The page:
Sports / China

Top court urged to rehear Jordan dispute

By Sun Xiaochen And Cao Yin (China Daily) Updated: 2016-04-27 08:04

Top court urged to rehear Jordan dispute

A trademark dispute between retired US basketball icon Michael Jordan and a Chinese company has highlighted the complexity of such issues, with China's top court being asked on Tuesday to rehear the case.

The Supreme People's Court held a hearing at Jordan's request to decide whether to rehear his dispute with Chinese sportswear company Qiaodan Sports.

The hearing was attended by the US star's Chinese attorneys, representatives of the State Administration for Industry and Commerce and lawyers for Qiaodan Sports.

Jordan, the owner of NBA franchise the Charlotte Hornets, did not appear at the hearing, as his team is playing in the league's 2015-16 playoffs. In 2012, Jordan first asked the administration to revoke multiple trademarks registered by Qiaodan Sports in 2000 and centering on "Qiaodan", the translation of Jordan's surname in Mandarin.

The administration refused Jordan's application, and a lower-level court in Beijing also ruled against his request for the Fujian-based company's use of the Qiaodan trademark to be suspended in early 2015.

Jordan later appealed to Beijing High People's Court but this was dismissed in July due to a lack of evidence to prove the existence of a definite link between the Qiaodan trademark and Jordan's name.

The former Chicago Bulls legend then applied to China's top court for a rehearing of the case, with the court accepting his application in December.

Zhang Guangliang, an associate professor of intellectual property law at Renmin University of China, said, "Jordan's team has to provide convincing evidence to prove the connection between the Chinese company's Chinese trademark and his English-language identity, which is a challenging task given the difference in languages.

"If his team cannot provide more solid proof that is acceptable to the court, it looks as if the court won't decide in his favor."

Fu Minrong, a lawyer at the Xinwenhui Law Firm in Shanghai, said despite the Chinese company legally registered the trademark, its action may constitute an act of unfair business competition because it has apparently profited from making connections between its brand and Jordan's.

Representatives for the administration and Qiaodan Sports said at Tuesday's hearing that there is not sufficient evidence to conclude that the company's trademarks naturally referred to the six-time NBA champion.

The company also provided a statistic from the Ministry of Public Security at the hearing showing that about 4,200 Chinese people are named Qiaodan.

Liu Yinying, a representive for the administration, stressed that the original verdict dismissing Jordan's request for the Qiaodan trademark to be revoked should be reaffirmed even if a rehearing is needed.

"The registration of the Qiaodan trademark didn't violate any specific terms of China's Trademark Law," she said.

Ma Dongxiao, from the Beijing Zhong Lun Law Firm representing Qiaodan Sports in the case, said that Qiaodan is not the only name that corresponds to Jordan, while Jordan is a common name in the United States.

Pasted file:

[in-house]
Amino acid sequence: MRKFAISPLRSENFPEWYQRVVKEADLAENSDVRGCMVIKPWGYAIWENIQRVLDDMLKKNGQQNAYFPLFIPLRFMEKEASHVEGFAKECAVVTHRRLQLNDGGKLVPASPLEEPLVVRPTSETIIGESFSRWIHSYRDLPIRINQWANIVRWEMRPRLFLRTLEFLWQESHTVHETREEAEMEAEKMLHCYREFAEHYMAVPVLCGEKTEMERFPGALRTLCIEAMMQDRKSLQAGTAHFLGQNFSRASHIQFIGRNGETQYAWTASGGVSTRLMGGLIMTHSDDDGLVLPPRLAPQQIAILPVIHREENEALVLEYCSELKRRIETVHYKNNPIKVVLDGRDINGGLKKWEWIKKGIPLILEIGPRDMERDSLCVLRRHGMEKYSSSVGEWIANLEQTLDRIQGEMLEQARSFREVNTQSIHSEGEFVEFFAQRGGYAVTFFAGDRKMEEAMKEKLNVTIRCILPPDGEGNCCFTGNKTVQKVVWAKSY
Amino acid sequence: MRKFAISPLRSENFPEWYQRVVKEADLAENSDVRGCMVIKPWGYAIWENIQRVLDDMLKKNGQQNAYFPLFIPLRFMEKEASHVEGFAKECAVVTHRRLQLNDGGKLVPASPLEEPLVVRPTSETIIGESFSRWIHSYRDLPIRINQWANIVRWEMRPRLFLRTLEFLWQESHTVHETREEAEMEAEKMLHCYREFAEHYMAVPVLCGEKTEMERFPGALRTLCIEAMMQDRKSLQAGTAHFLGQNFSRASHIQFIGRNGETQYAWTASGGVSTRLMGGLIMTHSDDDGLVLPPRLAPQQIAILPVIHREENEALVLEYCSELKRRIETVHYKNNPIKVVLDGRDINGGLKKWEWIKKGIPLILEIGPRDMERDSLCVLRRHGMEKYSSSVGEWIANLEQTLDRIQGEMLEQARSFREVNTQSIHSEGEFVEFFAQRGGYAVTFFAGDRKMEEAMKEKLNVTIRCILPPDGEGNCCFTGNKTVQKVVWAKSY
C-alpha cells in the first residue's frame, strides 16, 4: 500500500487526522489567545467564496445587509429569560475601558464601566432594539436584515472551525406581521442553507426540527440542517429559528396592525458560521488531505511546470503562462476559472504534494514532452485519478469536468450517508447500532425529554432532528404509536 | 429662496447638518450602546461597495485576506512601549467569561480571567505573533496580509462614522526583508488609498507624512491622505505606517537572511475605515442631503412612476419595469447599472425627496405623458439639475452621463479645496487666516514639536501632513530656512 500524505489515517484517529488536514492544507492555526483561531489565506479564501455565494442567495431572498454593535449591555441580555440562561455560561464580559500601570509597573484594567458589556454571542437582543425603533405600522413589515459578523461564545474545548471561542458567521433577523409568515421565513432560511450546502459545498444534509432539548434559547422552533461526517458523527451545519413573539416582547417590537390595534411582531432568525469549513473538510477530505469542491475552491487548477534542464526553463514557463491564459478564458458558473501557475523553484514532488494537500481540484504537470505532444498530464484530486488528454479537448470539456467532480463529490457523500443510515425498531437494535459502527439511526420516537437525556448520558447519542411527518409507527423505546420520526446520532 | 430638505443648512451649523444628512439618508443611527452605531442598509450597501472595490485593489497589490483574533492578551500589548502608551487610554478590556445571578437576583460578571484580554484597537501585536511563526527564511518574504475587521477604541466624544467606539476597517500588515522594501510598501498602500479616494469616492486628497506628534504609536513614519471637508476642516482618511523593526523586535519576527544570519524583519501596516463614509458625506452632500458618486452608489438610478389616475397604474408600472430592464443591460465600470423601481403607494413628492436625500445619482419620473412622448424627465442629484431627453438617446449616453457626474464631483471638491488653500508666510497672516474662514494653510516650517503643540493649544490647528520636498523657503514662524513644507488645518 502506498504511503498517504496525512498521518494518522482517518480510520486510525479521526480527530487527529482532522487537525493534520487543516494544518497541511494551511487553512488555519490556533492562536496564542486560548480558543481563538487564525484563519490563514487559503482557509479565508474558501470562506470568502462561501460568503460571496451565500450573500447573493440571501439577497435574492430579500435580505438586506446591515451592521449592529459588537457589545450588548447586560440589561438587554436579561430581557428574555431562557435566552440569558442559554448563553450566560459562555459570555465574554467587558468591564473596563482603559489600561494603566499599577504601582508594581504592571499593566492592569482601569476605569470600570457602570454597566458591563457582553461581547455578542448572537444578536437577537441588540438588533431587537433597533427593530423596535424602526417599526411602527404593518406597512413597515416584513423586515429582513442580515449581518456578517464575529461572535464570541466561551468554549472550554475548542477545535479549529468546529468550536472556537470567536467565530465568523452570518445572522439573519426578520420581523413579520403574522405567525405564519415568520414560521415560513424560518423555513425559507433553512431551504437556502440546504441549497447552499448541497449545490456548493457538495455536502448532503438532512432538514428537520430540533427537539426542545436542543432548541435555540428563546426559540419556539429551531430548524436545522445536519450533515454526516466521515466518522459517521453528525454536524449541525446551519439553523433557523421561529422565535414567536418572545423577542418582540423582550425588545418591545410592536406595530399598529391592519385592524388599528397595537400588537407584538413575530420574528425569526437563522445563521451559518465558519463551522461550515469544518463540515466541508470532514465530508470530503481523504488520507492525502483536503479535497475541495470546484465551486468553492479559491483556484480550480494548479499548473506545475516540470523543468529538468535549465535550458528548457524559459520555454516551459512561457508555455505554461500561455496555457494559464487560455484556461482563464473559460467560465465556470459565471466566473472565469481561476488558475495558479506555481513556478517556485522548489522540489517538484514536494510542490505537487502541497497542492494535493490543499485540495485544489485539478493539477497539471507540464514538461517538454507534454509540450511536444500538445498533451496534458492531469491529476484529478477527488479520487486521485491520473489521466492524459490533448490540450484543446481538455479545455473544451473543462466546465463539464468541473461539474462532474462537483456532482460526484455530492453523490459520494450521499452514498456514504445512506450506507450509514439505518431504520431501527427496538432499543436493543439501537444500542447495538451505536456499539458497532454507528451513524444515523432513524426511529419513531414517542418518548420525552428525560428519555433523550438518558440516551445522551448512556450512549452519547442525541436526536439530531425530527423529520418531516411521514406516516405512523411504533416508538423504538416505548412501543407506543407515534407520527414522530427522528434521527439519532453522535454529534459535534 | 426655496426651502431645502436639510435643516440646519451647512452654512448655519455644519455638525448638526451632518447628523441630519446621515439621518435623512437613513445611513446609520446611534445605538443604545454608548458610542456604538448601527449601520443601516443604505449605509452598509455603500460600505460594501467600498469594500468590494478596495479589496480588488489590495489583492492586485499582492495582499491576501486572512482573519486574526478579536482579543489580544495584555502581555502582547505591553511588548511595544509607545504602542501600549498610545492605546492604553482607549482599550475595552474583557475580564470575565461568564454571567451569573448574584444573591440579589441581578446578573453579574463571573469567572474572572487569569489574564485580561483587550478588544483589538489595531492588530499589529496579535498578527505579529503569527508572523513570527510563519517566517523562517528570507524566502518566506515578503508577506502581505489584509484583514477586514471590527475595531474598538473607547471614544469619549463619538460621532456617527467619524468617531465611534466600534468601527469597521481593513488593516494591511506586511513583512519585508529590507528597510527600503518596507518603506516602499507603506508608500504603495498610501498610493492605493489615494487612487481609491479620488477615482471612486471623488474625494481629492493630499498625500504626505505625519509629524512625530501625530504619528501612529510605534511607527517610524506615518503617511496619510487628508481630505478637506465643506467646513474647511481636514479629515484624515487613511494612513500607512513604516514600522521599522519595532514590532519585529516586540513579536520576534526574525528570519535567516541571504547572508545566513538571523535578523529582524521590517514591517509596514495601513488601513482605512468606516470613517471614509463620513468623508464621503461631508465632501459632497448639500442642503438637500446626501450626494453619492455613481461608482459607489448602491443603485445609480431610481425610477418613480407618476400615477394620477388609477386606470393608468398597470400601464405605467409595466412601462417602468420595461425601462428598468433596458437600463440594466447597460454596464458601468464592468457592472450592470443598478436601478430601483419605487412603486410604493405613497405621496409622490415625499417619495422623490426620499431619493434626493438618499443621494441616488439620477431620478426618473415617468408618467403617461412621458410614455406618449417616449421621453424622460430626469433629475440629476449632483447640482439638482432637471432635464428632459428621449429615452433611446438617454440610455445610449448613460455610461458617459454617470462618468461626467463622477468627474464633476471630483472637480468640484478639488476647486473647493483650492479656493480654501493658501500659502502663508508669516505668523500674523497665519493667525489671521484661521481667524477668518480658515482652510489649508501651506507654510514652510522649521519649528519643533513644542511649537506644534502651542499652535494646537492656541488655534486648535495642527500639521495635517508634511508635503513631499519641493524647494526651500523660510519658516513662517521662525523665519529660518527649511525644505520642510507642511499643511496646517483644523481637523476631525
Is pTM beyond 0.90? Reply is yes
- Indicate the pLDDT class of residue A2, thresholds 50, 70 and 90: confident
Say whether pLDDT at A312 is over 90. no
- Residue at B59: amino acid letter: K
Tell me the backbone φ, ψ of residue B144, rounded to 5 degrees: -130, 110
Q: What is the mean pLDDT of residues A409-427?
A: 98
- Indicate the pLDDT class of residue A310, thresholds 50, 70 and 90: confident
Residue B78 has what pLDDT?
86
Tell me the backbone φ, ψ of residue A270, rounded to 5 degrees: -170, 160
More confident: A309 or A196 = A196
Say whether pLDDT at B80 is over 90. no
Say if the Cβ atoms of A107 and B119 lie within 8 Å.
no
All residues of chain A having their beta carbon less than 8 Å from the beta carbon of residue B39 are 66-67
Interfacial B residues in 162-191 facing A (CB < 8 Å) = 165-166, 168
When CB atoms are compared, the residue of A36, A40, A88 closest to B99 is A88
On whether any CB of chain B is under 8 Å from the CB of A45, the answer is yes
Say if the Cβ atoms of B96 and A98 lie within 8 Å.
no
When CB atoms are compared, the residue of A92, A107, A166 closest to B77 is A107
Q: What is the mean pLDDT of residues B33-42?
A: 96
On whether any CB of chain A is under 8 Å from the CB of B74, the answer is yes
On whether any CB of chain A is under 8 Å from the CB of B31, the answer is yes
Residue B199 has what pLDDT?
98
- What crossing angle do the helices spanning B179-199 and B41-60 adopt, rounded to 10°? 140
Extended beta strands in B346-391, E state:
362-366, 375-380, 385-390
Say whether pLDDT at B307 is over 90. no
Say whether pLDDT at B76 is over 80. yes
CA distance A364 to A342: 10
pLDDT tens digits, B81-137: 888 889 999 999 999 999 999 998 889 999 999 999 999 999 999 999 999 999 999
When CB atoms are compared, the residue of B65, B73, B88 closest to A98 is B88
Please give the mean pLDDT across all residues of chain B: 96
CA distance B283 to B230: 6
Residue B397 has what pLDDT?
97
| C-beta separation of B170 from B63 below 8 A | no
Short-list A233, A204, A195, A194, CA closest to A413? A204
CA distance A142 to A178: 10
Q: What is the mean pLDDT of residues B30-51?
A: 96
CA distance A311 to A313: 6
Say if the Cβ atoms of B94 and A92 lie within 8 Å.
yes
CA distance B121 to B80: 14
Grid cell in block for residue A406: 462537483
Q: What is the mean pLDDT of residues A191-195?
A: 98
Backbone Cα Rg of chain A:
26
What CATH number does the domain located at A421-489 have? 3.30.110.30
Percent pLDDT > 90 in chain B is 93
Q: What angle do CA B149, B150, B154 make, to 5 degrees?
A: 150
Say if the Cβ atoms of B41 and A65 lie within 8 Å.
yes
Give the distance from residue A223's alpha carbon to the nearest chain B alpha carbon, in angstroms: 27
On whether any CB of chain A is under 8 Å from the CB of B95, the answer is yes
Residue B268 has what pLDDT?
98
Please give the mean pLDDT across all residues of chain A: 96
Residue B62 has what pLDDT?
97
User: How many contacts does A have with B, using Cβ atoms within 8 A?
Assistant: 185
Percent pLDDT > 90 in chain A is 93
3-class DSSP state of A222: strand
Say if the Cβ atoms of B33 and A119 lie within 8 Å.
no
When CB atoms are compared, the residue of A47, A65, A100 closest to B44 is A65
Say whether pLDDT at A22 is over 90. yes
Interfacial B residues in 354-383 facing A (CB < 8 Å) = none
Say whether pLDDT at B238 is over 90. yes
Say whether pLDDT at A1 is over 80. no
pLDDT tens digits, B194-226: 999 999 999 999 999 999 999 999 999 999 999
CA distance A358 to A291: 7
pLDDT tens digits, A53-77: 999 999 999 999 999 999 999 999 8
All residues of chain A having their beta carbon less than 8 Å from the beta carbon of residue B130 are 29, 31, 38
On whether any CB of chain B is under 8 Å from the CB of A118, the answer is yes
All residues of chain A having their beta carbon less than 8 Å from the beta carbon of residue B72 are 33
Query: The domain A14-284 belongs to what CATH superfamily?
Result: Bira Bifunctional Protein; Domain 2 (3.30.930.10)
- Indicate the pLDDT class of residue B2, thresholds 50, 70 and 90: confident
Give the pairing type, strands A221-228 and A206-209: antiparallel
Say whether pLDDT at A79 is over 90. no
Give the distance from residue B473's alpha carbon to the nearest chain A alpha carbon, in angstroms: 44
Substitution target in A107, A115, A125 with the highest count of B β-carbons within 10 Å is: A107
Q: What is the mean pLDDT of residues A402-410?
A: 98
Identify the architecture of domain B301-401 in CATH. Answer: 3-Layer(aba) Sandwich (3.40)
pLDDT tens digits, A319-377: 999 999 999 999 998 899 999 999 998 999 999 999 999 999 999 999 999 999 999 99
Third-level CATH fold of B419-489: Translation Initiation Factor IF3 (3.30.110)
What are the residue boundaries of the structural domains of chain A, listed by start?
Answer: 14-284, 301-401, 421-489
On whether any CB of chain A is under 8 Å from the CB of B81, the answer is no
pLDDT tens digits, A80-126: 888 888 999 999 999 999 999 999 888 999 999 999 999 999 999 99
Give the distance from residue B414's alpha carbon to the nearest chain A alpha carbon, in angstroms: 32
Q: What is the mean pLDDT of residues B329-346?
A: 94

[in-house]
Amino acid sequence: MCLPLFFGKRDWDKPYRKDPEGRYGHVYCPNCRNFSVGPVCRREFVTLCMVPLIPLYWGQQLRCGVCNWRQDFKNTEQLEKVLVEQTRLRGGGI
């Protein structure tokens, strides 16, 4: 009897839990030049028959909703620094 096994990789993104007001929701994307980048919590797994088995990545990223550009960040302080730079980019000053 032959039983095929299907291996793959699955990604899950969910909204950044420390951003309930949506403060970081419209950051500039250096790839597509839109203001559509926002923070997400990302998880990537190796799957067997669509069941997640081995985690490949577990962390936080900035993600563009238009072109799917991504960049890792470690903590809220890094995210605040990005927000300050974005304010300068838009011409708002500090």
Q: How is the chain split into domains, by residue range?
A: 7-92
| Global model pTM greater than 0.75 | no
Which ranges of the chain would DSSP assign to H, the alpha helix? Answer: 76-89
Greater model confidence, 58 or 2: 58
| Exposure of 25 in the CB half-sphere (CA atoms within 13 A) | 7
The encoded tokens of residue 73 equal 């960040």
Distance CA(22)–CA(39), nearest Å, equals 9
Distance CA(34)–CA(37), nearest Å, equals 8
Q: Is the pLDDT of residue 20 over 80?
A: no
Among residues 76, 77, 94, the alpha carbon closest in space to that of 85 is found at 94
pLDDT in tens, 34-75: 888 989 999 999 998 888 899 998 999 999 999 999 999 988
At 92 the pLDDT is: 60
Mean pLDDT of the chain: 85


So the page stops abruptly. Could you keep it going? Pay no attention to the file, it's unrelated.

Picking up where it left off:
"So the current evidence is not enough to prove that Qiaodan definitely points to Michael Jordan, the NBA star."

After hearing the case for about four hours, the top court's collegiate bench did not announce whether the case will be reheard. The decision will be made soon, the court said.

The collegiate bench consists of five senior judges specializing in intellectual property, including top court vice-president Tao Kaiyuan.

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The trademark used by Qiaodan Sports.

The Air Jordan trademark.

Timeline: Jordan vs Qiaodan

Feb 23, 2012

US basketball icon Michael Jordan files lawsuit against Chinese sportswear company Qiaodan Sports, accusing it of infringing on his name rights by registering the trademark "Qiaodan"-which he said is a transliteration of his English surname.

Oct 27-30, 2014

Beijing No 1 Intermediate People's Court holds a hearing related to the case.

March 2015

Jordan appeals the case to the Beijing High People's Court after the intermediate court rules against him.

July 27, 2015

Beijing High People's Court dismisses Jordan's appeal in the second trial.

December 2015

Jordan applies for a retrial at the Supreme People's Court.


The Supreme People's Court holds a hearing to decide whether a retrial is necessary.

Other cases involving sports stars

Chinese basketball star Yao Ming sued Wuhan-based Yunhe Dashayu Sportswear Co for name and portrait infringements in May 2011 after the company marketed sneakers using the brand name Yaomingyidai, without the former NBA star's authorization. Chinese sportswear brand Ai Fu Sen used the name of NBA star Allen Iverson in 2003, sparking a dispute. The company makes and markets sneakers using logos like "Ai" and "Iverson". In 2012, the parties settled when Iverson signed an endorsement deal with the company.

Top court urged to rehear Jordan dispute

Top court urged to rehear Jordan dispute

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